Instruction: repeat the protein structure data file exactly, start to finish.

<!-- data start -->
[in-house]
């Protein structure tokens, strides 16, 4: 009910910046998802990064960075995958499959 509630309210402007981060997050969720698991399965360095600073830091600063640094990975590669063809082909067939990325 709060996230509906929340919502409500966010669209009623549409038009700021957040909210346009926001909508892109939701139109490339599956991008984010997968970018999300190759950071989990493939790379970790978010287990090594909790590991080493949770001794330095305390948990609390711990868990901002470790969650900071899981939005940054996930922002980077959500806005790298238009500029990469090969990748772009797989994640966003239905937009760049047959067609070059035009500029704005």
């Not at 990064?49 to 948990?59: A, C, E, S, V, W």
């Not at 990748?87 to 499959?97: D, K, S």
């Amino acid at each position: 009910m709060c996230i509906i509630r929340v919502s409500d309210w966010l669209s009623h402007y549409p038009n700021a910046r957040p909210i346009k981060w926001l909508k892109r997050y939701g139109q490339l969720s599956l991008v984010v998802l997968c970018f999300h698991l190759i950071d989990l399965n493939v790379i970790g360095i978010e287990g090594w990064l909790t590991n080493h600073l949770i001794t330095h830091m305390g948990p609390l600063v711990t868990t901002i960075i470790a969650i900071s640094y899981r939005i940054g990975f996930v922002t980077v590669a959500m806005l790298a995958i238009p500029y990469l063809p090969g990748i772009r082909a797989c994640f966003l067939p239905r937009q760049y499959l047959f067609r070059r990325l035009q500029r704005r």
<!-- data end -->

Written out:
[in-house]
């Protein structure tokens, strides 16, 4: 009910910046998802990064960075995958499959 509630309210402007981060997050969720698991399965360095600073830091600063640094990975590669063809082909067939990325 709060996230509906929340919502409500966010669209009623549409038009700021957040909210346009926001909508892109939701139109490339599956991008984010997968970018999300190759950071989990493939790379970790978010287990090594909790590991080493949770001794330095305390948990609390711990868990901002470790969650900071899981939005940054996930922002980077959500806005790298238009500029990469090969990748772009797989994640966003239905937009760049047959067609070059035009500029704005």
């Not at 990064?49 to 948990?59: A, C, E, S, V, W």
């Not at 990748?87 to 499959?97: D, K, S």
């Amino acid at each position: 009910m709060c996230i509906i509630r929340v919502s409500d309210w966010l669209s009623h402007y549409p038009n700021a910046r957040p909210i346009k981060w926001l909508k892109r997050y939701g139109q490339l969720s599956l991008v984010v998802l997968c970018f999300h698991l190759i950071d989990l399965n493939v790379i970790g360095i978010e287990g090594w990064l909790t590991n080493h600073l949770i001794t330095h830091m305390g948990p609390l600063v711990t868990t901002i960075i470790a969650i900071s640094y899981r939005i940054g990975f996930v922002t980077v590669a959500m806005l790298a995958i238009p500029y990469l063809p090969g990748i772009r082909a797989c994640f966003l067939p239905r937009q760049y499959l047959f067609r070059r990325l035009q500029r704005r």